* "The Hold Up">: A pretty classic scenario (guys planning a hold-up, not agreeing on just how it's going to go down) executed with zippy style and music, plaing a number of variations on the same gag - guys planning a much more complicated heist than necessary - in entertaining fashion. for less than ten minutes, it does a pretty nice job of giving all members of the gang distinct personalities that reflect their plans. It's good stuff.

* "Hellyfish">: It's always a good bit of fun when people spoof goofy monster movies by playing up to the level of what they're spoofing rather than just making cheapness a part of the gag. In this case, filmmakers Patrick Longstreth, Robert McLean, and Kate Fitzpatrick put a great deal of polish on their mutant-jellyfish story, quickly hitting all the notes they might in a feature (which is something they're working on) and if not actually getting a lot of actual jokes out of the material, doing "laugh at the silly/familiar" better than most, especially since the visual effects are a lot more likably slick than you usually find on this sort of short and enjoyably gross more often than not.

20 Years of Madness

* * ¾ (out of four)
Seen 29 March 2015 in the Brattle Theatre (Boston Underground Film Festival, digital)

A couple years ago, IFFBoston played something called "The Parking Lot Movie", and is charm came from being about something so hyper-specific and inconsequential that the pressure one often feels watching a documentary vanished and the viewer could just enjoy the personalities and how the film was put together. 20 Years of Madness is a couple levels above that in terms of import - some of the people involved are in bad places and making a new episode of the public access sketch comedy show they created as teenagers will probably not just bring back good memories - but it is still wide open in the effect it can have, so long as it's told well.

Director/producer/cinematographer/editor Jeremy Royce does tell it well, making himself a fly on the wall, apparently ingratiating himself even with the folks who don't get along with the show's co-creator Jerry White Jr. - also the driving force behind the reunion and the director's film-school classmate - and cutting the footage he gets into something that doesn't feel like anything is left out. He's got some help there, as actually making this new episode has them all staying in a house together, increasing the dramatic potential and meaning he doesn't have to go chasing stories. He probably also knows White just well enough to see that some friction is inevitable; then and now, he's the guy who is just capable enough that his being in charge makes sense, but not the sort of genius or charismatic personality who can make people grateful to be following his lead.

It's about more than White, of course, it's about the difficulty of rebuilding something that probably couldn't last by its nature and how adulthood can be so much tougher than high school - there's no time, and that thing you did pretty well as a kid isn't as impressive; you suddenly need more of both talent and commitment. And that's why, even not knowing a single thing about 30 Minutes of Madness, 20 Years mostly works: It doesn't argue that you can't go home again, but it also shows the limits of what doing so can get you.

Der Samurai

* * ½ (out of four)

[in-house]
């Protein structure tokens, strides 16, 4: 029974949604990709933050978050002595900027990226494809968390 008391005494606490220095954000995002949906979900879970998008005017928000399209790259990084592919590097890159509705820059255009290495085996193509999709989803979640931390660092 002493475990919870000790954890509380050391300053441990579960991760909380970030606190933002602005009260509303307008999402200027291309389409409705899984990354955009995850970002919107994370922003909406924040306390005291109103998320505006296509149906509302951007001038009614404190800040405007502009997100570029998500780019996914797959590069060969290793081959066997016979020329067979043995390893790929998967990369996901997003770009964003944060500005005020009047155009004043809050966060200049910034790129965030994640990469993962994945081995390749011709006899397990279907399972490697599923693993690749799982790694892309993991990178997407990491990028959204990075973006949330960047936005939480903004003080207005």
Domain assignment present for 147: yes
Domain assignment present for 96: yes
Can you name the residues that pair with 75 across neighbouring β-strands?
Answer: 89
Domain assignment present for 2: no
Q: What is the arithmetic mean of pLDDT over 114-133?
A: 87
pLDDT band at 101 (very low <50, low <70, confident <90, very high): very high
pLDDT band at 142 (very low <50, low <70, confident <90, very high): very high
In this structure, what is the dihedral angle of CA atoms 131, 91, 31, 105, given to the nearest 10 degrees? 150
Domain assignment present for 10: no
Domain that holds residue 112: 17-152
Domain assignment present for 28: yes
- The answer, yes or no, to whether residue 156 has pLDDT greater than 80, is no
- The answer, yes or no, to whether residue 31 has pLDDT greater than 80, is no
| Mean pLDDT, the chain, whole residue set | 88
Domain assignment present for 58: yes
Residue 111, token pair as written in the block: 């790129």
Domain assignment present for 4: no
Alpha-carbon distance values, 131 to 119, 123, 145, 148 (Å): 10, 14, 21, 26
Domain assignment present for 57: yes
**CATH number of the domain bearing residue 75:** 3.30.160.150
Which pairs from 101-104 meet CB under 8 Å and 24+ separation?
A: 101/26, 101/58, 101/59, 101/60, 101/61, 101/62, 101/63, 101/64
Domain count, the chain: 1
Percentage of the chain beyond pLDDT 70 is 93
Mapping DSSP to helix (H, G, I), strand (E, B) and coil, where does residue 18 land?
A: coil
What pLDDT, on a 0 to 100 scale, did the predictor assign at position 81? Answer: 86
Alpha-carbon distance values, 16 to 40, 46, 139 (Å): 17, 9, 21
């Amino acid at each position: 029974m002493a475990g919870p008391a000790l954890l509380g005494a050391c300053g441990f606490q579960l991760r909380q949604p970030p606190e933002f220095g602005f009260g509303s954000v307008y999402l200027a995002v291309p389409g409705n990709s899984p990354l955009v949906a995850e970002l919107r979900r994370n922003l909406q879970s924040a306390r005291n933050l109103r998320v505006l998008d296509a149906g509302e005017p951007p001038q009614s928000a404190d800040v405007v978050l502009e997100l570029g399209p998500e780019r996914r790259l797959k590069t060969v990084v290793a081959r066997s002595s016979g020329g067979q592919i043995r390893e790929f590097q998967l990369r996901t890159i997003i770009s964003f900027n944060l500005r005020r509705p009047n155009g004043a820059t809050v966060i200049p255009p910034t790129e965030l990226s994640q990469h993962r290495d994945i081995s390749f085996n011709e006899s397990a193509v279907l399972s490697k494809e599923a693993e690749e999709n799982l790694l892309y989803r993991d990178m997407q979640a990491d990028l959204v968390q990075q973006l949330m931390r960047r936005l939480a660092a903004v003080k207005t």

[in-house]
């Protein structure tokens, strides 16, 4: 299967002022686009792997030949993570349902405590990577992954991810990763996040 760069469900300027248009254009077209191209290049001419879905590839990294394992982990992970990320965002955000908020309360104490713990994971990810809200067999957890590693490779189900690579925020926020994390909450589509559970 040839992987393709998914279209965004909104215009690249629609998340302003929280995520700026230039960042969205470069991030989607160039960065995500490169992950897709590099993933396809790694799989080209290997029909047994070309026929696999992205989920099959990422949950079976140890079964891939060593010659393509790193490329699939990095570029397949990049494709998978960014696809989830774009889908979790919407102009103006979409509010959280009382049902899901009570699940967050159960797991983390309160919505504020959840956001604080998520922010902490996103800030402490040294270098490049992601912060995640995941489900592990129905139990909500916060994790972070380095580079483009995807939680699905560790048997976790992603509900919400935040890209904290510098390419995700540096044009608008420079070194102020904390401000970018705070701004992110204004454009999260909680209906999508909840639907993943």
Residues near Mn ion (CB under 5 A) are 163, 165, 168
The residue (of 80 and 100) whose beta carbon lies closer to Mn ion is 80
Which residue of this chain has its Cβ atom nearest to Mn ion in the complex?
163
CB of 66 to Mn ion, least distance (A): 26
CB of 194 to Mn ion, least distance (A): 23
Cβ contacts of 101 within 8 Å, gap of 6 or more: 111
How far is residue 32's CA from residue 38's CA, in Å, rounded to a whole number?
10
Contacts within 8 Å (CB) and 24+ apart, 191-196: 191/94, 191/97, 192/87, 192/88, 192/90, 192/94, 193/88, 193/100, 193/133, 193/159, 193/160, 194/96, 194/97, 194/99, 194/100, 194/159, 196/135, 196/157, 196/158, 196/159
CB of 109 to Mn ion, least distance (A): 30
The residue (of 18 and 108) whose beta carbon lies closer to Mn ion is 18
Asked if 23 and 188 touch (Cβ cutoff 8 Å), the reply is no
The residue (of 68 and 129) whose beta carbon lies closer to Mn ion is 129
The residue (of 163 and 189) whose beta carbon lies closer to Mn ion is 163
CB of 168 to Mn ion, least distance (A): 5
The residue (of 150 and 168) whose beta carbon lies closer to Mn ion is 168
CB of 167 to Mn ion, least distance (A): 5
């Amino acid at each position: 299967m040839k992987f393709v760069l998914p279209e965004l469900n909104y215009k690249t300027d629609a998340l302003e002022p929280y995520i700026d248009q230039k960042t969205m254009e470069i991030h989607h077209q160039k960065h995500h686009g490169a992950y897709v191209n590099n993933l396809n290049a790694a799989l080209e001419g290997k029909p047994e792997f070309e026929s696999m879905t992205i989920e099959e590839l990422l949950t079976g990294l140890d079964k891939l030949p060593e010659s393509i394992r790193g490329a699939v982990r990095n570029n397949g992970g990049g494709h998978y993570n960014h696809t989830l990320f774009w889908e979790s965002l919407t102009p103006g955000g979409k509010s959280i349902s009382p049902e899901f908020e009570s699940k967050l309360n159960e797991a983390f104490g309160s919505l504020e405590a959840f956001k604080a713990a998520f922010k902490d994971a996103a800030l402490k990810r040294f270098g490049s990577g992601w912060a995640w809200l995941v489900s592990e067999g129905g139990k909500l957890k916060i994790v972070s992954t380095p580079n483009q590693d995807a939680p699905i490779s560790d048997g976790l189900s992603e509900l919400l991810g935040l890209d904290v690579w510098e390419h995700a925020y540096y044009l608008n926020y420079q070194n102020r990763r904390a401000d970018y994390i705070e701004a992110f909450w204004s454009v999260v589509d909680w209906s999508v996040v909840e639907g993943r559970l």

Seen 29 March 2015 in the Brattle Theatre (Boston Underground Film Festival, digital)

There are bits of Der Samurai that seem to be constructed almost randomly, like writer/director Till Kleinert reached into a bag, pulled out "katana" and "cross-dressing", and then dropped that into an already mostly-complete screenplay about a small-town cop whose unspoken wish for the sort of action that would get him some respect is fulfilled in the bloodiest possible way. When it's finished, one might be almost torn - should Kleinert have tightened things up, making sure that bits connect and reflect each other more than they do, or is the very randomness a part of the film's appeal, a way of underlining that the world is full of strange things that combine in chaotic fashion that folks like Jakob can't handle?

There's something kind of unsophisticated about that way of thinking, but Der Samurai is not necessarily a sophisticated film; it's short, bloody, and acted in a way that sometimes seems deliberately sloppy, like it's shorthand for how these guys aren't to be looked up to in any way. It's kind of fun as exploration, though, because Kleinert can embrace the chaos and do anything, or close to it. That freedom means he goes to weird places that are not always as clever as he thinks they are, but which also surprise and excite in unpredictable ways.

Ich seh, ich seh (Goodnight Mommy)

* * * ½ (out of four)
Seen 29 March 2015 in the Brattle Theatre (Boston Underground Film Festival, digital)

The climax of Goodnight Mommy is so obvious in retrospect that I completely sympathize with the friend who saw the film and was not impressed because the direction everything was pointing didn't make any sense. But that's the risk a movie like this runs - if the craft isn't good enough, everyone feels that way, and even when it's as meticulously and carefully assembled as it is here, you're going to get some outliers who make the proper connections early. I still recommend it quite highly, even seeing how it can potentially collapse.

The trick, I think, is that the idea at the center - twins (Lukas & Elias Schwarz) find the behavior of their mother (Susanne Wuest) so peculiar and even cruel after she returns from reconstructive surgery with her face covered in bandages that they suspect she has been replaced - is so strange as to be captivating. It makes a great plot for a movie, if nothing else, with kids having to figure out what's going on without adult assistance, so isolated that anything can happen. It's a really superb inversion of the changeling myth, and filmmakers Veronika Franz & Severin Fiala squeeze all the tension available from it, enhancing an already chilly situation by using fairly little incidental music and letting the kids be kind of creepy themselves: As twins, they are unusually in sync and the more paranoid can draw the steadier one down a dangerous road because they trust each other implicitly.

It builds to a finale that is not at all for the squeamish, but as a result is one of the most unforgettable climaxes to hit screens in 2015. It's constructed so well and pulled so taut that it's surprising that this nasty little thriller is Austria's Oscar submission, but if you can't recognize this kind of nail-bitter as a genuinely impressive accomplishment, what sort of genre picture is worthy?

1 comment:

Unknown said...

Sorry you didn't dig CROW HAND as much as my previous shorts. We shall see if you like my new one.